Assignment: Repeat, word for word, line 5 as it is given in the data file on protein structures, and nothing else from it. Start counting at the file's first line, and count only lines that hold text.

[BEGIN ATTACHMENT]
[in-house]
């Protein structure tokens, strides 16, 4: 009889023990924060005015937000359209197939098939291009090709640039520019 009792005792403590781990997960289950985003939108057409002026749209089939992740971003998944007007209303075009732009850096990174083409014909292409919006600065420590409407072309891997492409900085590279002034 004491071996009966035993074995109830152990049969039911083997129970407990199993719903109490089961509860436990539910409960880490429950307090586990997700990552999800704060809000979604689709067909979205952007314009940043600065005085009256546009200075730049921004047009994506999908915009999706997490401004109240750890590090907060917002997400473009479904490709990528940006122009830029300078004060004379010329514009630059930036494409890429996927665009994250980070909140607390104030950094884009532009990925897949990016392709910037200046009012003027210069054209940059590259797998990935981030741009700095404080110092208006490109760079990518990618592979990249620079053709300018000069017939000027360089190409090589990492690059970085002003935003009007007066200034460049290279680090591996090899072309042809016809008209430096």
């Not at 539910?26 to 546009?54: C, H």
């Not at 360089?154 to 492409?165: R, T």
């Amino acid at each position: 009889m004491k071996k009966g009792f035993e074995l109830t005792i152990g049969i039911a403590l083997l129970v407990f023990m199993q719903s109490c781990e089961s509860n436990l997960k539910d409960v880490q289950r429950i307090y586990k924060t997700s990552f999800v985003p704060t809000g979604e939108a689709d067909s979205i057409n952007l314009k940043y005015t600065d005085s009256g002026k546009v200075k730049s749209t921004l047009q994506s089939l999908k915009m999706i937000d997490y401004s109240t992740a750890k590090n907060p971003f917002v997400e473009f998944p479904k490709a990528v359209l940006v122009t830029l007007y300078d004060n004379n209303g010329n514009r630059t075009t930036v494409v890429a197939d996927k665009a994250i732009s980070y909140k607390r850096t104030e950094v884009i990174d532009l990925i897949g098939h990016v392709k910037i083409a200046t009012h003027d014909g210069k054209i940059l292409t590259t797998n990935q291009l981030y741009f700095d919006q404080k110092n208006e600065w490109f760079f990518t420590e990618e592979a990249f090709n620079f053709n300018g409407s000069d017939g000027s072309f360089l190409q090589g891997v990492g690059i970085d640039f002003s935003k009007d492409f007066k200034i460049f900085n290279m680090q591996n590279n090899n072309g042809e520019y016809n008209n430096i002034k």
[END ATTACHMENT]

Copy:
């Amino acid at each position: 009889m004491k071996k009966g009792f035993e074995l109830t005792i152990g049969i039911a403590l083997l129970v407990f023990m199993q719903s109490c781990e089961s509860n436990l997960k539910d409960v880490q289950r429950i307090y586990k924060t997700s990552f999800v985003p704060t809000g979604e939108a689709d067909s979205i057409n952007l314009k940043y005015t600065d005085s009256g002026k546009v200075k730049s749209t921004l047009q994506s089939l999908k915009m999706i937000d997490y401004s109240t992740a750890k590090n907060p971003f917002v997400e473009f998944p479904k490709a990528v359209l940006v122009t830029l007007y300078d004060n004379n209303g010329n514009r630059t075009t930036v494409v890429a197939d996927k665009a994250i732009s980070y909140k607390r850096t104030e950094v884009i990174d532009l990925i897949g098939h990016v392709k910037i083409a200046t009012h003027d014909g210069k054209i940059l292409t590259t797998n990935q291009l981030y741009f700095d919006q404080k110092n208006e600065w490109f760079f990518t420590e990618e592979a990249f090709n620079f053709n300018g409407s000069d017939g000027s072309f360089l190409q090589g891997v990492g690059i970085d640039f002003s935003k009007d492409f007066k200034i460049f900085n290279m680090q591996n590279n090899n072309g042809e520019y016809n008209n430096i002034k």